Change is pondered in southeast, where goal is bigger bucks

  • Article by: DOUG SMITH , Star Tribune
  • Updated: March 29, 2009 - 10:19 AM
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ROCHESTER - The deer season in southeastern Minnesota would be shifted a week later and cross-tagging of bucks there would be illegal if Jim Vagts had his way.

And there appears to be at least a chance he will.

The goal would be to increase the number of bigger bucks by reducing the number of yearling bucks harvested each fall.

"Some deer hunters want more from their hunting experience than just harvesting a deer,'' said Vagts, of the Bluffland Whitetails Association, a southeast Minnesota group that has pushed for significant deer management changes in the region.

Vagts, of Harmony, Minn., was among about 75 hunters and wildlife officials from Minnesota and other states who gathered here Friday at a deer management roundtable to discuss possible changes to management of the southeast herd, whether regulations could be adopted to help create bigger bucks, what ramifications the changes would have on the deer herd and hunters -- and whether hunters would accept them.

The issue has been controversial. Some hunters are less interested in shooting a big buck than in just bagging a deer. Leaders of the Minnesota Deer Hunters Association (MDHA), who attended the session, said the group opposes mandatory regulations aimed at growing larger bucks or restricting party hunting. And a bill was introduced at the Legislature this session to prevent shifting the southeast deer hunting dates.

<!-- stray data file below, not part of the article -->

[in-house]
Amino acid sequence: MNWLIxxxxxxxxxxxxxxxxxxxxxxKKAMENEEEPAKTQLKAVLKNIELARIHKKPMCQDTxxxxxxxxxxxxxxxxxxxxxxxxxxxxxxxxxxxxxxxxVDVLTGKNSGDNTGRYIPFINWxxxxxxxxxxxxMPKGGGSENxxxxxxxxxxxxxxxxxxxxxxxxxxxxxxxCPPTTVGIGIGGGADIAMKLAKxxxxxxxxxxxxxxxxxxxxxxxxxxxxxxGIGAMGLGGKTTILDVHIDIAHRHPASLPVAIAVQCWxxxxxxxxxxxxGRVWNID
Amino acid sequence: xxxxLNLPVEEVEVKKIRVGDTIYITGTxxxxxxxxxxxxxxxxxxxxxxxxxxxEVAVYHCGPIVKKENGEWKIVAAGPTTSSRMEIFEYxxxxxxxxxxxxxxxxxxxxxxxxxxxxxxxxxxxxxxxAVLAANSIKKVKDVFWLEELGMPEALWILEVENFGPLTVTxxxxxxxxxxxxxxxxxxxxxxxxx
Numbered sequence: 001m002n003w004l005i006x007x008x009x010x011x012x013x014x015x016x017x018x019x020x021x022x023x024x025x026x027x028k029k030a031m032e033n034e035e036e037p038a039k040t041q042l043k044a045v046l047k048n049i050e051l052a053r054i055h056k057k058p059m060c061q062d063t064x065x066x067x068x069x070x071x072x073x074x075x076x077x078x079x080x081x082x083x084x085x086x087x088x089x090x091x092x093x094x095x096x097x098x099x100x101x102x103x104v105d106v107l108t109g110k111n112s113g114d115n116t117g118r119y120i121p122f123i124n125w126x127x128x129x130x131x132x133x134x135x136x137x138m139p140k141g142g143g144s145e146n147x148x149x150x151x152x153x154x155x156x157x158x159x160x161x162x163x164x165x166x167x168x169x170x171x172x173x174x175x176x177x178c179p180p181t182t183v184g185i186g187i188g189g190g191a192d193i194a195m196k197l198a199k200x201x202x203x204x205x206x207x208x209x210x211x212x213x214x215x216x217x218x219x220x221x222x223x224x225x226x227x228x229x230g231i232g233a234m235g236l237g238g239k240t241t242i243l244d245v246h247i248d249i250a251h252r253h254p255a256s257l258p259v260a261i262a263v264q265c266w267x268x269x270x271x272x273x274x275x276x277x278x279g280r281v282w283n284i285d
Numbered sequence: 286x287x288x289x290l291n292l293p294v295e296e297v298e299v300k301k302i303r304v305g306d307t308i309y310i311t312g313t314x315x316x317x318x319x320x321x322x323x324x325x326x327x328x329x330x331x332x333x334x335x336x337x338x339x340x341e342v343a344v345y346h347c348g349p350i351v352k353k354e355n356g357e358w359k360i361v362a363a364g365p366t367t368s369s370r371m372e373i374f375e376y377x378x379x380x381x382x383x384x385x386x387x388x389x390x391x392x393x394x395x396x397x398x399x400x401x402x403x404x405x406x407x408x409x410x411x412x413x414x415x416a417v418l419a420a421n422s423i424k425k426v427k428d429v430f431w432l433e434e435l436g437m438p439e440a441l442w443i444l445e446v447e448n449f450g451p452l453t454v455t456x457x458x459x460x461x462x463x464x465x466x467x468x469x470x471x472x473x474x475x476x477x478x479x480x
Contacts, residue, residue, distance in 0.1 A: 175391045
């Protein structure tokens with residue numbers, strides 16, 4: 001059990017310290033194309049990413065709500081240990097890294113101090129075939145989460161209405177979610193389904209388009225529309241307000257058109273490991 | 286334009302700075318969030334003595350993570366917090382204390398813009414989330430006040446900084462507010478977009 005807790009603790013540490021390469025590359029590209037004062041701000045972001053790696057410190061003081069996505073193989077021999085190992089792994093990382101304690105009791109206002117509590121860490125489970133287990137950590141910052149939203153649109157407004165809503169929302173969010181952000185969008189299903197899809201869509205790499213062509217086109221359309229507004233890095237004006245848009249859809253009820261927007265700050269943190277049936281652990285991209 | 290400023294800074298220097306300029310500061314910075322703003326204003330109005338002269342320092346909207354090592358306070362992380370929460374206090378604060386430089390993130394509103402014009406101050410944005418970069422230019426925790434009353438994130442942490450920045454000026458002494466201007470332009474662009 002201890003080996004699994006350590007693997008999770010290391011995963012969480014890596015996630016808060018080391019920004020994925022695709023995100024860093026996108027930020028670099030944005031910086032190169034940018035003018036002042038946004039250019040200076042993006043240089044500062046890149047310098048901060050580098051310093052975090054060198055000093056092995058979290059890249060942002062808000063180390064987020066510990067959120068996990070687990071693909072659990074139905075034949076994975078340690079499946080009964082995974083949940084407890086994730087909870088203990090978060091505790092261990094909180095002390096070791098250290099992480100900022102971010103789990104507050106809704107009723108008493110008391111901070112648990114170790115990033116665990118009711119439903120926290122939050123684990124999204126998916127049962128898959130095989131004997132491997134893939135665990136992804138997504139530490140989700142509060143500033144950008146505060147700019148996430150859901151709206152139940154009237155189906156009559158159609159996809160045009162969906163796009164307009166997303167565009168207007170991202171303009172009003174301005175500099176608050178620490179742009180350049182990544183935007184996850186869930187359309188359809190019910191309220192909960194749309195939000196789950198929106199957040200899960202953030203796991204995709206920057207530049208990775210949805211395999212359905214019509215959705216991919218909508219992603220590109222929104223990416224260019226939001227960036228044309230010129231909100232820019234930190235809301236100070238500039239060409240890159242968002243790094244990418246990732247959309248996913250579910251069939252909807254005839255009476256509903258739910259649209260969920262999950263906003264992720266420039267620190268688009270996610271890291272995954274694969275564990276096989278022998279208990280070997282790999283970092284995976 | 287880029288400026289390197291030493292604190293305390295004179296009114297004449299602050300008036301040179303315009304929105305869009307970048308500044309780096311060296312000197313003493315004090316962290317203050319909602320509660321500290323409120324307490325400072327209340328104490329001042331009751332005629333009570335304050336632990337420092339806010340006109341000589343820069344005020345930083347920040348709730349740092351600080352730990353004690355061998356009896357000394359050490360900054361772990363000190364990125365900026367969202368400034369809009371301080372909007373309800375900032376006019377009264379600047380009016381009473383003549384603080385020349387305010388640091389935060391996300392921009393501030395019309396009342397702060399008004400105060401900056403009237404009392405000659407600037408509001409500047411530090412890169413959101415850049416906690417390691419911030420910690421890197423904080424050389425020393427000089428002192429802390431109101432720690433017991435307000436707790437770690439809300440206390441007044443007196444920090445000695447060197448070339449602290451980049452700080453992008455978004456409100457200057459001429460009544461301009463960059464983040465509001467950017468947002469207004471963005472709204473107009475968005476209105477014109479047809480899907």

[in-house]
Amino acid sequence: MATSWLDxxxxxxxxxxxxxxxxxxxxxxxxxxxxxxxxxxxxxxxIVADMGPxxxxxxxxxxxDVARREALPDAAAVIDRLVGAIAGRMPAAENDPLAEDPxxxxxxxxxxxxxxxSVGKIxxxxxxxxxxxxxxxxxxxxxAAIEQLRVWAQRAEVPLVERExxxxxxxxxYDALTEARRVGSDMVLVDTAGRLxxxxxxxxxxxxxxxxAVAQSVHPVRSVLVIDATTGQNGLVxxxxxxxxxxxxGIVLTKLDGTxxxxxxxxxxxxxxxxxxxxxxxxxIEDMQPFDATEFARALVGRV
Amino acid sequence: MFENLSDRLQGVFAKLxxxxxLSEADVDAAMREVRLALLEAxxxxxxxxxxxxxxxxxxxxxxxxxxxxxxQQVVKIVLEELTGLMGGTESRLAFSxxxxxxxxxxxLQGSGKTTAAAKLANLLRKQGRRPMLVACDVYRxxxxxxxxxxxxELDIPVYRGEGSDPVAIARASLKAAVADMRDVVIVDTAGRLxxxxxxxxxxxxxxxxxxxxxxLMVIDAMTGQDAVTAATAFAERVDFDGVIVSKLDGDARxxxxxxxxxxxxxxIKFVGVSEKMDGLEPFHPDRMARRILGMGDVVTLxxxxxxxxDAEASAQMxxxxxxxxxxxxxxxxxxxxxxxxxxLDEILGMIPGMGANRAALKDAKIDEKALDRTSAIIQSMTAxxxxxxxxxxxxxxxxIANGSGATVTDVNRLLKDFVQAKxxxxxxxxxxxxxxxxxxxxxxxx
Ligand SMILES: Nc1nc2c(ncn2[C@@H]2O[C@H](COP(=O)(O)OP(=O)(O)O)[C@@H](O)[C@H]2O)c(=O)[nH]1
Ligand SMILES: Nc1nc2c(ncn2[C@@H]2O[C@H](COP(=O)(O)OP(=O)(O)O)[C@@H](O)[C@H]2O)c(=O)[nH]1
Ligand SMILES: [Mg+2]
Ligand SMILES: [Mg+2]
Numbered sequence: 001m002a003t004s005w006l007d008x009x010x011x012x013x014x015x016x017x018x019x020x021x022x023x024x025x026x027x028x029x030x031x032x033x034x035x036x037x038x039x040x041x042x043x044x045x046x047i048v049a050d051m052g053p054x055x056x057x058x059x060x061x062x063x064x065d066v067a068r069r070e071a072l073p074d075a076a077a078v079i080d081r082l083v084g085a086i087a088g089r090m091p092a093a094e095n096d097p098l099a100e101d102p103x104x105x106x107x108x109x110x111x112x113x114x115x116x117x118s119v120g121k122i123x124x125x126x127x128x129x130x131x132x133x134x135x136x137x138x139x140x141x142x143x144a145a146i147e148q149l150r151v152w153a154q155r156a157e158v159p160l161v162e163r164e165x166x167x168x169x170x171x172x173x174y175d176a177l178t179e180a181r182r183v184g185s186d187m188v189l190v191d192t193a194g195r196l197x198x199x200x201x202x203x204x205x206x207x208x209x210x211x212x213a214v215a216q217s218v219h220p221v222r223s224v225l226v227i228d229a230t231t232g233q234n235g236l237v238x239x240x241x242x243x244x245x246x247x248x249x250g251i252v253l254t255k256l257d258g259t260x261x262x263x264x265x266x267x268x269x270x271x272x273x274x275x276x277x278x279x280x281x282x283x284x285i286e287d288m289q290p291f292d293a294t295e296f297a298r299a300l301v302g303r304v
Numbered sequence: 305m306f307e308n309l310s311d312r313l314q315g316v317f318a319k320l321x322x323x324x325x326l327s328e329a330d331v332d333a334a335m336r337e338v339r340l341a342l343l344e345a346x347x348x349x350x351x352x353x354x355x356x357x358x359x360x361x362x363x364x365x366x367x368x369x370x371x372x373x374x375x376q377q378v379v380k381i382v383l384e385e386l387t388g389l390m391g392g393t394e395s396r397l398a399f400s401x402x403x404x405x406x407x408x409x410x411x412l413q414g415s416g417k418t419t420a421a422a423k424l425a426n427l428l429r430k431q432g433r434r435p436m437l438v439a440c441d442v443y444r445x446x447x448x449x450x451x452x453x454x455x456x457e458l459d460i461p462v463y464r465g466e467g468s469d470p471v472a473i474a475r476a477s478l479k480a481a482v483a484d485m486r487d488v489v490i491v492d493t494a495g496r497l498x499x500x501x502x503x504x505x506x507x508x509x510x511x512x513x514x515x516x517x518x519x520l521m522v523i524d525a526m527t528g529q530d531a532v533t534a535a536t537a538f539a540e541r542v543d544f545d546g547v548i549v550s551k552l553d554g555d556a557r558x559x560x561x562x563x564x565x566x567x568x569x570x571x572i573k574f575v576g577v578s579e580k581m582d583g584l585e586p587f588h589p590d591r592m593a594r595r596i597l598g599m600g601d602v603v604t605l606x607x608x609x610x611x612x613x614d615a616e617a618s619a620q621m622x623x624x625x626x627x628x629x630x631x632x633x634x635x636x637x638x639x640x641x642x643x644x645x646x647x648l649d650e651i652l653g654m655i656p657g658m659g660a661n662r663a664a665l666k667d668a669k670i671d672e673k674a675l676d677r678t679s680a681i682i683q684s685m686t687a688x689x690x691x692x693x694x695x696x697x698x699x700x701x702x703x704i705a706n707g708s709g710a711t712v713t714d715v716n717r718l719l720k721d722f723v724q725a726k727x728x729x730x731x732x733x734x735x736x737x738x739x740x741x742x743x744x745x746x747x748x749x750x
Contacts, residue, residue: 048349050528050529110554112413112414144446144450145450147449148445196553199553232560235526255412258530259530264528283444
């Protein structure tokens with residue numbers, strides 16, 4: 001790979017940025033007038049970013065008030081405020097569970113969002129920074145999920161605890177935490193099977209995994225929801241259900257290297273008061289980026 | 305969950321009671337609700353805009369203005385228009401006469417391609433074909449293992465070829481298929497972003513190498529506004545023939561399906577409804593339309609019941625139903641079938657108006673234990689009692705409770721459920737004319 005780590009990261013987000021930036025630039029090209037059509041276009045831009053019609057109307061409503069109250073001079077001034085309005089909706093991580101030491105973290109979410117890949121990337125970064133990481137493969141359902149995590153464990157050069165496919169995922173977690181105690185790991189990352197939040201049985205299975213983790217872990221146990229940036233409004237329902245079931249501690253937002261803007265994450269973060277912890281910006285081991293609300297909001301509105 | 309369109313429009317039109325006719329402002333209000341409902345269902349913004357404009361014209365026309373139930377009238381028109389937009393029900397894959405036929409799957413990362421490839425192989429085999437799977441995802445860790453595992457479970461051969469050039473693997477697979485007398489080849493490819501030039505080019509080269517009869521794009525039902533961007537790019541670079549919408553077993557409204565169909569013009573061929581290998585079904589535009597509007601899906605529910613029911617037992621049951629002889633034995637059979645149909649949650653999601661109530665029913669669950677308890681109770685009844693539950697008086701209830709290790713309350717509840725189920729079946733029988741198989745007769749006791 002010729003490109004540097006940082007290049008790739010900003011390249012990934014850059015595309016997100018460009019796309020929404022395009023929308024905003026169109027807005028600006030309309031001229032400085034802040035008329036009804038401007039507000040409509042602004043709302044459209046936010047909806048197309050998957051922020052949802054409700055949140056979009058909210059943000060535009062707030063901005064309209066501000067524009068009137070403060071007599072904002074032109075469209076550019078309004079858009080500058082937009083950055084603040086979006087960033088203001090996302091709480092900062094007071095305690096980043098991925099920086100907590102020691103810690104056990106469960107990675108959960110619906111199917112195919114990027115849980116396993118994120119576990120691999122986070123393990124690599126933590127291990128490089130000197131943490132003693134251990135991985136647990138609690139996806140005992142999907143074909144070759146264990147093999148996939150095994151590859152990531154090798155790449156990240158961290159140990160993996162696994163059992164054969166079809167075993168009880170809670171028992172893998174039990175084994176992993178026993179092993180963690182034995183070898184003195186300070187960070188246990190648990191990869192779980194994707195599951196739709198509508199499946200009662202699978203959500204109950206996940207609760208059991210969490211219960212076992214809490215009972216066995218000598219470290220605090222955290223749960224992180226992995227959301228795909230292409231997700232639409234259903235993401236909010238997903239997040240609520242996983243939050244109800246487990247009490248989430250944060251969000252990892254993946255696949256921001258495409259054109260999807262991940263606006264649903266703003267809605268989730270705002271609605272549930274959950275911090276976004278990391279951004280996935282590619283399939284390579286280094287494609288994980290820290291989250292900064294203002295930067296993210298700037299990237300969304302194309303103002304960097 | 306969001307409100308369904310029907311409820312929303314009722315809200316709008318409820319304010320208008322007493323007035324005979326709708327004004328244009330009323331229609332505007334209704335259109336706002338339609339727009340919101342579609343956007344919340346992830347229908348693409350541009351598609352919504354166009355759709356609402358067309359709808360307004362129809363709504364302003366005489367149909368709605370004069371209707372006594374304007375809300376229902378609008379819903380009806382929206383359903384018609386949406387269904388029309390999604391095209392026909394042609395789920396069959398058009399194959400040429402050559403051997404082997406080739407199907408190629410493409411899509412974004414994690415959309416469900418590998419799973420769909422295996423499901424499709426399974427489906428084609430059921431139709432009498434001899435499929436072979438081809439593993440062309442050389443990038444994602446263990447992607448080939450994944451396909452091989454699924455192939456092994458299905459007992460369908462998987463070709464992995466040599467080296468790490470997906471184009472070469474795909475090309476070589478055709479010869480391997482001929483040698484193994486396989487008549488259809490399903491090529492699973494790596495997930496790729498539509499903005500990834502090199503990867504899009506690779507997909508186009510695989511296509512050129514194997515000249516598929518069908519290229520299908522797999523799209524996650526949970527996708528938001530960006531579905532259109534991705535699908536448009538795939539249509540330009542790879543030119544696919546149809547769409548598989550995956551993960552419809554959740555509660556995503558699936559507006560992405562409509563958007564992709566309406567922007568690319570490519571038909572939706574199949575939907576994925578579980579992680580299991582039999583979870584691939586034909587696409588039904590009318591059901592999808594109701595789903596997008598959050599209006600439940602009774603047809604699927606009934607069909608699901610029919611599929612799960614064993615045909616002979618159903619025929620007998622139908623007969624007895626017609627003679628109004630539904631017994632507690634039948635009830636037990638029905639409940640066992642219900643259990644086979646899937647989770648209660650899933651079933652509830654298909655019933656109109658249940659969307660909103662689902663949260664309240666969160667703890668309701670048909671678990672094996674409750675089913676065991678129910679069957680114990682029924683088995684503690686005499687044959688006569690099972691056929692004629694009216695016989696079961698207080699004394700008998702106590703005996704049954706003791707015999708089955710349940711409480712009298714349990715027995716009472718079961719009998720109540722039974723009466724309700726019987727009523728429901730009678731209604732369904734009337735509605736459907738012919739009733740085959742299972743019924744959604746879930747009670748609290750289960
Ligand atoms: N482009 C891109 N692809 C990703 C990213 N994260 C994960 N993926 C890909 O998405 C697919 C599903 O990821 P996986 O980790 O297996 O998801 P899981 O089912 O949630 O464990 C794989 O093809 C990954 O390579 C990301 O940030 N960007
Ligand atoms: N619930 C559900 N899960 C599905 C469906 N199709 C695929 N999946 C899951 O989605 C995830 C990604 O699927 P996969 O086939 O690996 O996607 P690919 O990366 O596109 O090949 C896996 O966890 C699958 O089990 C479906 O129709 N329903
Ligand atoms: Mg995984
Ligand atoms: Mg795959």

But the winds of change seem to be blowing.

"We're open to considering changes,'' said Dave Schad, Department of Natural Resources Fish and Wildlife director, who attended the session along with several other DNR leaders. Interest and support for such ideas has grown, especially in the southeast, Schad said.

"We can continue to debate it for years, but we'll never know until we try it,'' Schad said. "But we won't do anything to compromise our ability to manage the deer population.''

The strong DNR presence at the session, he said, "is an indication of how important an issue this is.'' He said the agency likely would offer a pilot proposal in a limited area. "We're committed to exploring this,'' he said.

The DNR intends to survey 3,000 southeast hunters this summer to ask their opinions on a variety of potential changes, including antler-point restrictions, moving the season later and eliminating cross-tagging of bucks, which allows a hunter to shoot a buck for another member of his party. Public input would be sought too, before any proposals are made, officials said.

No changes will be made this year. But changes could come in 2010. Talk is focusing only on southeast Minnesota, which has a higher deer density than northern Minnesota.

"I see no interest in the northeast for any of this,'' said Lou Cornicelli, DNR deer specialist. "There's some interest in the northwest.''